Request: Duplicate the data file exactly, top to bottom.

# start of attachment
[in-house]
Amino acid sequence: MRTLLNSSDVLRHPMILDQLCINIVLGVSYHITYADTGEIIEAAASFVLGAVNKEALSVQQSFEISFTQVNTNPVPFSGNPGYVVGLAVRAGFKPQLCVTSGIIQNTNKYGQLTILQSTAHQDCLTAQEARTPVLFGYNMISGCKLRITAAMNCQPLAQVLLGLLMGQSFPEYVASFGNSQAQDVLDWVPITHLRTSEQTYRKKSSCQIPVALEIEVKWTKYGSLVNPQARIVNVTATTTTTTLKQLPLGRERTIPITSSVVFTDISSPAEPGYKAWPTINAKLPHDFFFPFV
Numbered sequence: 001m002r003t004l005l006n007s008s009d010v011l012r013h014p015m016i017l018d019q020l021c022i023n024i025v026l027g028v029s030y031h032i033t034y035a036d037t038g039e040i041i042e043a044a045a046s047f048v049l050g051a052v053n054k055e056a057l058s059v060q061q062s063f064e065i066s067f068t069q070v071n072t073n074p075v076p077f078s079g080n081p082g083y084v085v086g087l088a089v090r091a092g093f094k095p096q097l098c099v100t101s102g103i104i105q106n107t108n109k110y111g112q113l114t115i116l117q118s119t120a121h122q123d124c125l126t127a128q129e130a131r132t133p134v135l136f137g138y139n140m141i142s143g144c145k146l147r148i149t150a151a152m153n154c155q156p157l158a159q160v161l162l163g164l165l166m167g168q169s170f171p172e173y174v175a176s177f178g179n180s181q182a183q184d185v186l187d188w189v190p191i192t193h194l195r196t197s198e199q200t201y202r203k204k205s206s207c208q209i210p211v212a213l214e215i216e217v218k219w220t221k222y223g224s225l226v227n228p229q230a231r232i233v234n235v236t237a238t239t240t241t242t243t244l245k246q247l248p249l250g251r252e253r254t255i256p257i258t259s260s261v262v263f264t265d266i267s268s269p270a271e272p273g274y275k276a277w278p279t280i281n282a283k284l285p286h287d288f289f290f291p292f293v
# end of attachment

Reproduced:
[in-house]
Amino acid sequence: MRTLLNSSDVLRHPMILDQLCINIVLGVSYHITYADTGEIIEAAASFVLGAVNKEALSVQQSFEISFTQVNTNPVPFSGNPGYVVGLAVRAGFKPQLCVTSGIIQNTNKYGQLTILQSTAHQDCLTAQEARTPVLFGYNMISGCKLRITAAMNCQPLAQVLLGLLMGQSFPEYVASFGNSQAQDVLDWVPITHLRTSEQTYRKKSSCQIPVALEIEVKWTKYGSLVNPQARIVNVTATTTTTTLKQLPLGRERTIPITSSVVFTDISSPAEPGYKAWPTINAKLPHDFFFPFV
Numbered sequence: 001m002r003t004l005l006n007s008s009d010v011l012r013h014p015m016i017l018d019q020l021c022i023n024i025v026l027g028v029s030y031h032i033t034y035a036d037t038g039e040i041i042e043a044a045a046s047f048v049l050g051a052v053n054k055e056a057l058s059v060q061q062s063f064e065i066s067f068t069q070v071n072t073n074p075v076p077f078s079g080n081p082g083y084v085v086g087l088a089v090r091a092g093f094k095p096q097l098c099v100t101s102g103i104i105q106n107t108n109k110y111g112q113l114t115i116l117q118s119t120a121h122q123d124c125l126t127a128q129e130a131r132t133p134v135l136f137g138y139n140m141i142s143g144c145k146l147r148i149t150a151a152m153n154c155q156p157l158a159q160v161l162l163g164l165l166m167g168q169s170f171p172e173y174v175a176s177f178g179n180s181q182a183q184d185v186l187d188w189v190p191i192t193h194l195r196t197s198e199q200t201y202r203k204k205s206s207c208q209i210p211v212a213l214e215i216e217v218k219w220t221k222y223g224s225l226v227n228p229q230a231r232i233v234n235v236t237a238t239t240t241t242t243t244l245k246q247l248p249l250g251r252e253r254t255i256p257i258t259s260s261v262v263f264t265d266i267s268s269p270a271e272p273g274y275k276a277w278p279t280i281n282a283k284l285p286h287d288f289f290f291p292f293v